The funding to make all this possible is complicated.
DCCK’s overall annual budget for its core program – which it calls Food Recycling/Meal Distribution (FR/MD) – is $2 million, roughly $100,000 of which is devoted to Healthy Returns, according to DCCK grants manager Alex Moore.
“Are there extra costs” in starting up Healthy Returns? “Sure,” writes Moore in an e-mail. “But they’re much, much less than if we tried to start Healthy Returns from scratch, with no kitchen, vehicles, or staff in place. As it is, we can provide about 80,000 meals, 100,000 snacks and 90 nutrition education lessons annually with a budget that amounts to about 5 percent of our overall FR/MD one, depending on how you want to carve up staff time between Healthy Returns and FR/MD.”
Moore says a small portion of the Healthy Returns budget was covered with one-year grants from two private foundations this year – the Richard E. and Nancy P. Marriott Foundation and the Dimick Foundation, which combined for about $15,000; a third group, the George Preston Marshall Foundation, has kicked in $10,000 for next year.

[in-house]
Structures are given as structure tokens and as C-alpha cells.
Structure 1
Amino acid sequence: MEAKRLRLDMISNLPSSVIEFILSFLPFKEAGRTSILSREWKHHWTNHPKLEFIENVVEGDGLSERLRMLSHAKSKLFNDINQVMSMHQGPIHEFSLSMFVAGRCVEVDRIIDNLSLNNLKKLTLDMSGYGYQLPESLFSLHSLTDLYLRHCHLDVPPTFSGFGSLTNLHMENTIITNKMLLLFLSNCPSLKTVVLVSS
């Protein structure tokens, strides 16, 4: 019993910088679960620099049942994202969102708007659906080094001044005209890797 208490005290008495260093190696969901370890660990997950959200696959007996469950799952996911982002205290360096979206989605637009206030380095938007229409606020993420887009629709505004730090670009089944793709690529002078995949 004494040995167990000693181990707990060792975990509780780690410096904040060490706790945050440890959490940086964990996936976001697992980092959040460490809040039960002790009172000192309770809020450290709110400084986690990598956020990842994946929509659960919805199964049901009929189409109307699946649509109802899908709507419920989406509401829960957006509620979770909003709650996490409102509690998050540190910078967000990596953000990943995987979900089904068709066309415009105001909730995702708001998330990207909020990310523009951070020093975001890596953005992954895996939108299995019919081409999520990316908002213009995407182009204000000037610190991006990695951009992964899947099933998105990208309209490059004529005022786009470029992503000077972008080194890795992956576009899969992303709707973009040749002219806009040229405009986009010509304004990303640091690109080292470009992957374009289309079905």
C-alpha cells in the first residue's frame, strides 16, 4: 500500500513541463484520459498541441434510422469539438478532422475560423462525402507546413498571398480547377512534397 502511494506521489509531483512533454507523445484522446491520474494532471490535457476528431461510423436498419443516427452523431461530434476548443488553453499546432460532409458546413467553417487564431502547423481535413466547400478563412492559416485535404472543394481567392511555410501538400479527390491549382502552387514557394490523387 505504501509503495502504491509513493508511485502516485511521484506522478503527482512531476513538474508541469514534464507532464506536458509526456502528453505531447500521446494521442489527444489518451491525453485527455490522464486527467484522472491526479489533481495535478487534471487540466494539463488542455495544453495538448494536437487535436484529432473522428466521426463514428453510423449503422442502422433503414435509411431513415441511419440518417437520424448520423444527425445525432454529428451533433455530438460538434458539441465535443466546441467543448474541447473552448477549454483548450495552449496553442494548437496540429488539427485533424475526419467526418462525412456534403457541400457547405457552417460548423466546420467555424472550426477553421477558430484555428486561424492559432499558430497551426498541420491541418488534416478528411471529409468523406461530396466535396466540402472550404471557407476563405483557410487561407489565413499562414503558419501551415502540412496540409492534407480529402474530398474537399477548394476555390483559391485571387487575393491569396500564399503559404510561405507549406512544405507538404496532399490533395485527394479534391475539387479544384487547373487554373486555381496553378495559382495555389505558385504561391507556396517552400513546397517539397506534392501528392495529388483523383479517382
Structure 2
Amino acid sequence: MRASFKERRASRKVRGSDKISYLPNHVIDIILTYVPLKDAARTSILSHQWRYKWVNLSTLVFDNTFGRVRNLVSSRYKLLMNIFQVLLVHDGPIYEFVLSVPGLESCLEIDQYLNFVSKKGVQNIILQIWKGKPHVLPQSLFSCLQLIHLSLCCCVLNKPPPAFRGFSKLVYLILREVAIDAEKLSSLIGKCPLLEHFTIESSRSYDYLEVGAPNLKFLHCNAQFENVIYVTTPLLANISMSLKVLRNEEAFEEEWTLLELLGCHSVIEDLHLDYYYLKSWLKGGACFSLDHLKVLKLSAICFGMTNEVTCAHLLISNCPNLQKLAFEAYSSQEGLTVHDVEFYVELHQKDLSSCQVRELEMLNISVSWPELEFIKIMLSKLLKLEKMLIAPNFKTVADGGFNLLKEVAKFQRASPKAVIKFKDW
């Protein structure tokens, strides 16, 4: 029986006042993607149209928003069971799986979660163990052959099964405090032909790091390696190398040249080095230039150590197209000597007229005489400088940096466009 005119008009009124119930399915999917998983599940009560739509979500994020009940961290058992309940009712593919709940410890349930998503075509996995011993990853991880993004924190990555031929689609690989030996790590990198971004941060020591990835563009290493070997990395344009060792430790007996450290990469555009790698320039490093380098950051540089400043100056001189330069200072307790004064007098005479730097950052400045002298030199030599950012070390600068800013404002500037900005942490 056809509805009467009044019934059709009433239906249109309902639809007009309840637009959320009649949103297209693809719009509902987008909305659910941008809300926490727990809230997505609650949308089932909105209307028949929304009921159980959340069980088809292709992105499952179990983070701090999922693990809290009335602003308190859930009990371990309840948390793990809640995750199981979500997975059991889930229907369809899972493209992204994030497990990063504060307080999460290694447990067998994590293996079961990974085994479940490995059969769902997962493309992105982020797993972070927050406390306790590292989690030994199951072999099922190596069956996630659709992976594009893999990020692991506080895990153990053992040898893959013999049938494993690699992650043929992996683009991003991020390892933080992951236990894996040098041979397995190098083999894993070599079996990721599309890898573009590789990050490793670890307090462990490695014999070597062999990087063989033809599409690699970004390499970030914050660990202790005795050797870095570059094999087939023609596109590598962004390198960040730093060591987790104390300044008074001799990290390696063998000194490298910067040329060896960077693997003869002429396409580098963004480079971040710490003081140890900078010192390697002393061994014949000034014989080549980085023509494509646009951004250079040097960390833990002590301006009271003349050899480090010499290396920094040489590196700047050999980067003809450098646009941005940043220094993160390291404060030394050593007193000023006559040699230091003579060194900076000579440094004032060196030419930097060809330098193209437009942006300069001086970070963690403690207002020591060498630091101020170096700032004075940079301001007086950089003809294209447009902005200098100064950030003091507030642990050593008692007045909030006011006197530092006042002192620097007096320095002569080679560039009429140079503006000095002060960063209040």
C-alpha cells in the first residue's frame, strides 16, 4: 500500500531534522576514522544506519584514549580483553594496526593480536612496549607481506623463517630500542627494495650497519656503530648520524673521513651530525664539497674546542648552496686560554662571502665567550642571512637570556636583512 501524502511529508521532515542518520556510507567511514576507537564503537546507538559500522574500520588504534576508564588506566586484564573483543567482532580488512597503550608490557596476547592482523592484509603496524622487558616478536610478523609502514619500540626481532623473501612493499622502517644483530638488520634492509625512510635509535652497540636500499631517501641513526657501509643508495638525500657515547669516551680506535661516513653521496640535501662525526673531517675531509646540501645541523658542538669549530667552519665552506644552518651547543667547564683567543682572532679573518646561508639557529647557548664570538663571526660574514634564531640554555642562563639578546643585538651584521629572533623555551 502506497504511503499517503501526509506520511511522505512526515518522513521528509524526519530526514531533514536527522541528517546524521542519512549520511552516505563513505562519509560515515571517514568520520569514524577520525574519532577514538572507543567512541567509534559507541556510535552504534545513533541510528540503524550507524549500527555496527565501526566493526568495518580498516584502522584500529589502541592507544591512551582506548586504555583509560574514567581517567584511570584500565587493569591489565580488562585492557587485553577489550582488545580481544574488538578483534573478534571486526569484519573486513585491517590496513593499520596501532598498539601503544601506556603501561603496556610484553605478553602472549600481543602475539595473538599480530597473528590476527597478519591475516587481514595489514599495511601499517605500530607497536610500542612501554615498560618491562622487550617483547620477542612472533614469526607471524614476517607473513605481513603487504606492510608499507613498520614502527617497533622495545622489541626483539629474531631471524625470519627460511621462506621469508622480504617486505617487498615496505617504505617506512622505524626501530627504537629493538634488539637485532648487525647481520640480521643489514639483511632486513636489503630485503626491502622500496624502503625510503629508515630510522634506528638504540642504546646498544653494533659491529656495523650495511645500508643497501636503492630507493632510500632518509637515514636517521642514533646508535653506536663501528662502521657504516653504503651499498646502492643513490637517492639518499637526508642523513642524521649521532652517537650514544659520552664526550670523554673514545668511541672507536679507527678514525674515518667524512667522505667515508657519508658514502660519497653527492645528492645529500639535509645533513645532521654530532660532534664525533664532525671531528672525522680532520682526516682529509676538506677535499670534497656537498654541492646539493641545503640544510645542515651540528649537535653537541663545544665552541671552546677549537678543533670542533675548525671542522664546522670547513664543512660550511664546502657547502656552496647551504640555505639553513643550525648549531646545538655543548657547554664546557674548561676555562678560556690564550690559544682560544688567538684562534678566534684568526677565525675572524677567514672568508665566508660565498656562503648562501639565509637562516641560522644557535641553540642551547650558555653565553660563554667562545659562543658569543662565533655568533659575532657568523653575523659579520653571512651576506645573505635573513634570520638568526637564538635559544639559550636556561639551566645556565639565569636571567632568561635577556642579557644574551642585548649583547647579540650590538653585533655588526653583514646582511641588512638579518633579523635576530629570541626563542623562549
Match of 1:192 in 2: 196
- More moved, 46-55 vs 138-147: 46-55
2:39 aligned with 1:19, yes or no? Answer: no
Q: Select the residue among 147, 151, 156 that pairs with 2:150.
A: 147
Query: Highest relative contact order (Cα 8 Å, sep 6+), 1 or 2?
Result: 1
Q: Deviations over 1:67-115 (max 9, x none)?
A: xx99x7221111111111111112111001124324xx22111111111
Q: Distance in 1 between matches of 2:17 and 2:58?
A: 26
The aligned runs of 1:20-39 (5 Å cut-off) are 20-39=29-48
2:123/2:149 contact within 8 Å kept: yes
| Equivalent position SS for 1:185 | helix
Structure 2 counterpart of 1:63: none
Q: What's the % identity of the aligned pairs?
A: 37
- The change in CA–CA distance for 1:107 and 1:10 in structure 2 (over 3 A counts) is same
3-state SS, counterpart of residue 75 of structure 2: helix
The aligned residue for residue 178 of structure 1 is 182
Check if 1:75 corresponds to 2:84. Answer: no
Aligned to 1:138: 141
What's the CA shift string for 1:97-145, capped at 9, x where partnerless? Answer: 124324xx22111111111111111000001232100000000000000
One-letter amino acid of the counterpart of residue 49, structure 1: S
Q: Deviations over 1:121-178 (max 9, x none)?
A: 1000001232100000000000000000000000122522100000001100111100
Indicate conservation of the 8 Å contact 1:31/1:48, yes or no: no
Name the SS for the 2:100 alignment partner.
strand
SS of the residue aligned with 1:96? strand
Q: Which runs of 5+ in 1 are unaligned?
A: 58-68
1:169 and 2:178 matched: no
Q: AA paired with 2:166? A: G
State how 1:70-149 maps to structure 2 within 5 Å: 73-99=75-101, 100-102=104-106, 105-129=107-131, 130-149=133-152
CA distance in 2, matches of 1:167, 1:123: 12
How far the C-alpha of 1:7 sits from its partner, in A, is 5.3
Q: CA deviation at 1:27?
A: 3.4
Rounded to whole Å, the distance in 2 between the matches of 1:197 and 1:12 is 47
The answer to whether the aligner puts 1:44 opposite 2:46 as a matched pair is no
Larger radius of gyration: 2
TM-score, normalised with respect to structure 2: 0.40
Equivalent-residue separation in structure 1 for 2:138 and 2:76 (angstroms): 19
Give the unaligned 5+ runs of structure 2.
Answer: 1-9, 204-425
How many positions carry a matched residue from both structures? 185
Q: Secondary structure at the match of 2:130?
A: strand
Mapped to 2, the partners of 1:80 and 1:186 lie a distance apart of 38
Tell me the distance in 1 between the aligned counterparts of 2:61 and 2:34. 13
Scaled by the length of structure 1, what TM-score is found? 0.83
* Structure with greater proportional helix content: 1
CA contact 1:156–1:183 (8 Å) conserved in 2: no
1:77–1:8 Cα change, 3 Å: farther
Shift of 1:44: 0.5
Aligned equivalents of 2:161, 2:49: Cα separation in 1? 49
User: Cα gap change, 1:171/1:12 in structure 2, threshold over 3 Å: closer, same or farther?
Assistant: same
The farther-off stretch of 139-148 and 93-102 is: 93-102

The vast majority of the budget, though, comes from the USDA, which provides reimbursement funding for each meal through its Summer Food Service Program and Child and Adult Care Food Program (CACFP); the money is channeled through the city’s OSSE and then given to DCCK. In fiscal 2010, OSSE reimbursed DCCK more than $63,000 through Summer Food Service funds and more than $27,000 in CACFP funds, according to OSSE spokeswoman Joy Roberson. These totals break down to $3.20 in reimbursement for each lunch or dinner, $1.81 for breakfast and 75 cents per snack through the summer program, and $2.92 per dinner and 74 cents per snack through CACFP during the school year.